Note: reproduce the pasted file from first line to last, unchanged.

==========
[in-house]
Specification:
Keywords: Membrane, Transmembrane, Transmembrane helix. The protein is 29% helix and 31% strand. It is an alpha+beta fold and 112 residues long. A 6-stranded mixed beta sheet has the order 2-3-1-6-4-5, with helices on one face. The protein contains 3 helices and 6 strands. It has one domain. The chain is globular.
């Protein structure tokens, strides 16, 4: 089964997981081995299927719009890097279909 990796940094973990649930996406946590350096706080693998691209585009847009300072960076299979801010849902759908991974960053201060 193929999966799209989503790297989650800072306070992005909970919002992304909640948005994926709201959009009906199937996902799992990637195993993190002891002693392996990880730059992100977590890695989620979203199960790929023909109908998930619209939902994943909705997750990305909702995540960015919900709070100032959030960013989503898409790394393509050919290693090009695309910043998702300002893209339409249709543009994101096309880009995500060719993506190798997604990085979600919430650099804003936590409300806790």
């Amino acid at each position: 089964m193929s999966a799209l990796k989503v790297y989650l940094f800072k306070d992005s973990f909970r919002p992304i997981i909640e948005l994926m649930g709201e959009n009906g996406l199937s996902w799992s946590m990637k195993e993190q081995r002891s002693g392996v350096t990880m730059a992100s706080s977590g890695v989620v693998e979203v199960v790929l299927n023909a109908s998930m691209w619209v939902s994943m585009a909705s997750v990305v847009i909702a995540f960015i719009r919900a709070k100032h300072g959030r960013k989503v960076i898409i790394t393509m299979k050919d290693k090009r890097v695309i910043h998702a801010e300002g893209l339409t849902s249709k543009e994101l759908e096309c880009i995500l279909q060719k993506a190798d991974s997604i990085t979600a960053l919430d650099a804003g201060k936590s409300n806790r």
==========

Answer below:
[in-house]
Specification:
Keywords: Membrane, Transmembrane, Transmembrane helix. The protein is 29% helix and 31% strand. It is an alpha+beta fold and 112 residues long. A 6-stranded mixed beta sheet has the order 2-3-1-6-4-5, with helices on one face. The protein contains 3 helices and 6 strands. It has one domain. The chain is globular.
């Protein structure tokens, strides 16, 4: 089964997981081995299927719009890097279909 990796940094973990649930996406946590350096706080693998691209585009847009300072960076299979801010849902759908991974960053201060 193929999966799209989503790297989650800072306070992005909970919002992304909640948005994926709201959009009906199937996902799992990637195993993190002891002693392996990880730059992100977590890695989620979203199960790929023909109908998930619209939902994943909705997750990305909702995540960015919900709070100032959030960013989503898409790394393509050919290693090009695309910043998702300002893209339409249709543009994101096309880009995500060719993506190798997604990085979600919430650099804003936590409300806790």
């Amino acid at each position: 089964m193929s999966a799209l990796k989503v790297y989650l940094f800072k306070d992005s973990f909970r919002p992304i997981i909640e948005l994926m649930g709201e959009n009906g996406l199937s996902w799992s946590m990637k195993e993190q081995r002891s002693g392996v350096t990880m730059a992100s706080s977590g890695v989620v693998e979203v199960v790929l299927n023909a109908s998930m691209w619209v939902s994943m585009a909705s997750v990305v847009i909702a995540f960015i719009r919900a709070k100032h300072g959030r960013k989503v960076i898409i790394t393509m299979k050919d290693k090009r890097v695309i910043h998702a801010e300002g893209l339409t849902s249709k543009e994101l759908e096309c880009i995500l279909q060719k993506a190798d991974s997604i990085t979600a960053l919430d650099a804003g201060k936590s409300n806790r």